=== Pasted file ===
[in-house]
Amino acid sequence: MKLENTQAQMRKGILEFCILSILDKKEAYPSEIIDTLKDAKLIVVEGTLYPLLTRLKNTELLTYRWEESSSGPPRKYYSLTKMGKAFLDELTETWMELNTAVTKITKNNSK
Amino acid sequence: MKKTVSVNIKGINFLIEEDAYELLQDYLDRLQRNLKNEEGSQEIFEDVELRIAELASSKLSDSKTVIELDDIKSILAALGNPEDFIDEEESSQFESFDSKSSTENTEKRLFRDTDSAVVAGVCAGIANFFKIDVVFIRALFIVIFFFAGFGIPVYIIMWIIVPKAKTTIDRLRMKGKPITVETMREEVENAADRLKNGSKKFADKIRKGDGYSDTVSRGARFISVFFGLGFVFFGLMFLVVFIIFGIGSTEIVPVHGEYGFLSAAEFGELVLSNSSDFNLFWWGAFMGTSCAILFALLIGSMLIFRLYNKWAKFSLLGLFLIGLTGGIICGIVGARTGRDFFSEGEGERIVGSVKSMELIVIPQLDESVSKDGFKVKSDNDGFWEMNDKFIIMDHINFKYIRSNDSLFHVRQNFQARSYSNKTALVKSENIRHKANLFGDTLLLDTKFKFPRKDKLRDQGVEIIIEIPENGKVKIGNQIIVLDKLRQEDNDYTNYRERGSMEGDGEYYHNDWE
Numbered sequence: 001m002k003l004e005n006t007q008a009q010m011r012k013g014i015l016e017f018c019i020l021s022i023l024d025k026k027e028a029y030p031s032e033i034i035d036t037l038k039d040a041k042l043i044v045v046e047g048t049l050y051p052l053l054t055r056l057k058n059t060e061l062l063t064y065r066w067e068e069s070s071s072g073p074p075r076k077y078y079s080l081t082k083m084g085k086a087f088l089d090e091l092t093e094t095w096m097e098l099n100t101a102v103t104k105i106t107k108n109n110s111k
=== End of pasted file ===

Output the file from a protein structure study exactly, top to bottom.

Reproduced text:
[in-house]
Amino acid sequence: MKLENTQAQMRKGILEFCILSILDKKEAYPSEIIDTLKDAKLIVVEGTLYPLLTRLKNTELLTYRWEESSSGPPRKYYSLTKMGKAFLDELTETWMELNTAVTKITKNNSK
Amino acid sequence: MKKTVSVNIKGINFLIEEDAYELLQDYLDRLQRNLKNEEGSQEIFEDVELRIAELASSKLSDSKTVIELDDIKSILAALGNPEDFIDEEESSQFESFDSKSSTENTEKRLFRDTDSAVVAGVCAGIANFFKIDVVFIRALFIVIFFFAGFGIPVYIIMWIIVPKAKTTIDRLRMKGKPITVETMREEVENAADRLKNGSKKFADKIRKGDGYSDTVSRGARFISVFFGLGFVFFGLMFLVVFIIFGIGSTEIVPVHGEYGFLSAAEFGELVLSNSSDFNLFWWGAFMGTSCAILFALLIGSMLIFRLYNKWAKFSLLGLFLIGLTGGIICGIVGARTGRDFFSEGEGERIVGSVKSMELIVIPQLDESVSKDGFKVKSDNDGFWEMNDKFIIMDHINFKYIRSNDSLFHVRQNFQARSYSNKTALVKSENIRHKANLFGDTLLLDTKFKFPRKDKLRDQGVEIIIEIPENGKVKIGNQIIVLDKLRQEDNDYTNYRERGSMEGDGEYYHNDWE
Numbered sequence: 001m002k003l004e005n006t007q008a009q010m011r012k013g014i015l016e017f018c019i020l021s022i023l024d025k026k027e028a029y030p031s032e033i034i035d036t037l038k039d040a041k042l043i044v045v046e047g048t049l050y051p052l053l054t055r056l057k058n059t060e061l062l063t064y065r066w067e068e069s070s071s072g073p074p075r076k077y078y079s080l081t082k083m084g085k086a087f088l089d090e091l092t093e094t095w096m097e098l099n100t101a102v103t104k105i106t107k108n109n110s111k